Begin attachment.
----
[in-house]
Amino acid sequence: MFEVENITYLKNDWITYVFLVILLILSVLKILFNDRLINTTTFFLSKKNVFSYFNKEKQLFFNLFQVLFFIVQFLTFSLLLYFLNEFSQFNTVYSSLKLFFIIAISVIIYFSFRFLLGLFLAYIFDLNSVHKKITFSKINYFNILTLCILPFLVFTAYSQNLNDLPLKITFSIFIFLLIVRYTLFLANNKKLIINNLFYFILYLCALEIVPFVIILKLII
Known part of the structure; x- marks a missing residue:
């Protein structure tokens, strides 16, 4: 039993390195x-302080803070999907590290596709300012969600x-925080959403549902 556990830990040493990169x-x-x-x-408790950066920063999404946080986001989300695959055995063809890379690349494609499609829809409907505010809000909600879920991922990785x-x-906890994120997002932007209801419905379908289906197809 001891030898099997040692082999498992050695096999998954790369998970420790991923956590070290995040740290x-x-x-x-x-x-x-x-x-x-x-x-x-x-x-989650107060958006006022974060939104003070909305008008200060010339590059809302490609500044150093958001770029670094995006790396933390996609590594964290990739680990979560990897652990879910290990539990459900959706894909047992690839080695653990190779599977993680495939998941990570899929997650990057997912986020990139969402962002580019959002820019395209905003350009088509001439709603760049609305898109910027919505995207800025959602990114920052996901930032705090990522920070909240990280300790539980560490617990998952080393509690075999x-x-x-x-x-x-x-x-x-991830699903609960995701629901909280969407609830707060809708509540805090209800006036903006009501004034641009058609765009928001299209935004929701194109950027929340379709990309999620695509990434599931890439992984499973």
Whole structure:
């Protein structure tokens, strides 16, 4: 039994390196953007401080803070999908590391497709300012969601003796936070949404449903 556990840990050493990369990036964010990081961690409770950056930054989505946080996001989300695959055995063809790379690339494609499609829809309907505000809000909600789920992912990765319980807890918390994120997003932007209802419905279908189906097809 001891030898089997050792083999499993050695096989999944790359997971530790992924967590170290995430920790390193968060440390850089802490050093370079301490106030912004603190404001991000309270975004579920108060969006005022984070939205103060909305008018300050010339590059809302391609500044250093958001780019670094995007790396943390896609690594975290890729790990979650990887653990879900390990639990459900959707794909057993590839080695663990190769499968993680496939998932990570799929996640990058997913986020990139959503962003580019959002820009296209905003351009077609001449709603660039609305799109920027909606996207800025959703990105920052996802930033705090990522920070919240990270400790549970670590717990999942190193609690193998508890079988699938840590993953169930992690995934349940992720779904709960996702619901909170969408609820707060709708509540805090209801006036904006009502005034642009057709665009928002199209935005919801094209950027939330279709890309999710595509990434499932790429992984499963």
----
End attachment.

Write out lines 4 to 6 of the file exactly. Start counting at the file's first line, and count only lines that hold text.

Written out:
């Protein structure tokens, strides 16, 4: 039993390195x-302080803070999907590290596709300012969600x-925080959403549902 556990830990040493990169x-x-x-x-408790950066920063999404946080986001989300695959055995063809890379690349494609499609829809409907505010809000909600879920991922990785x-x-906890994120997002932007209801419905379908289906197809 001891030898099997040692082999498992050695096999998954790369998970420790991923956590070290995040740290x-x-x-x-x-x-x-x-x-x-x-x-x-x-x-989650107060958006006022974060939104003070909305008008200060010339590059809302490609500044150093958001770029670094995006790396933390996609590594964290990739680990979560990897652990879910290990539990459900959706894909047992690839080695653990190779599977993680495939998941990570899929997650990057997912986020990139969402962002580019959002820019395209905003350009088509001439709603760049609305898109910027919505995207800025959602990114920052996901930032705090990522920070909240990280300790539980560490617990998952080393509690075999x-x-x-x-x-x-x-x-x-991830699903609960995701629901909280969407609830707060809708509540805090209800006036903006009501004034641009058609765009928001299209935004929701194109950027929340379709990309999620695509990434599931890439992984499973």
Whole structure:
């Protein structure tokens, strides 16, 4: 039994390196953007401080803070999908590391497709300012969601003796936070949404449903 556990840990050493990369990036964010990081961690409770950056930054989505946080996001989300695959055995063809790379690339494609499609829809309907505000809000909600789920992912990765319980807890918390994120997003932007209802419905279908189906097809 001891030898089997050792083999499993050695096989999944790359997971530790992924967590170290995430920790390193968060440390850089802490050093370079301490106030912004603190404001991000309270975004579920108060969006005022984070939205103060909305008018300050010339590059809302391609500044250093958001780019670094995007790396943390896609690594975290890729790990979650990887653990879900390990639990459900959707794909057993590839080695663990190769499968993680496939998932990570799929996640990058997913986020990139959503962003580019959002820009296209905003351009077609001449709603660039609305799109920027909606996207800025959703990105920052996802930033705090990522920070919240990270400790549970670590717990999942190193609690193998508890079988699938840590993953169930992690995934349940992720779904709960996702619901909170969408609820707060709708509540805090209801006036904006009502005034642009057709665009928002199209935005919801094209950027939330279709890309999710595509990434499932790429992984499963």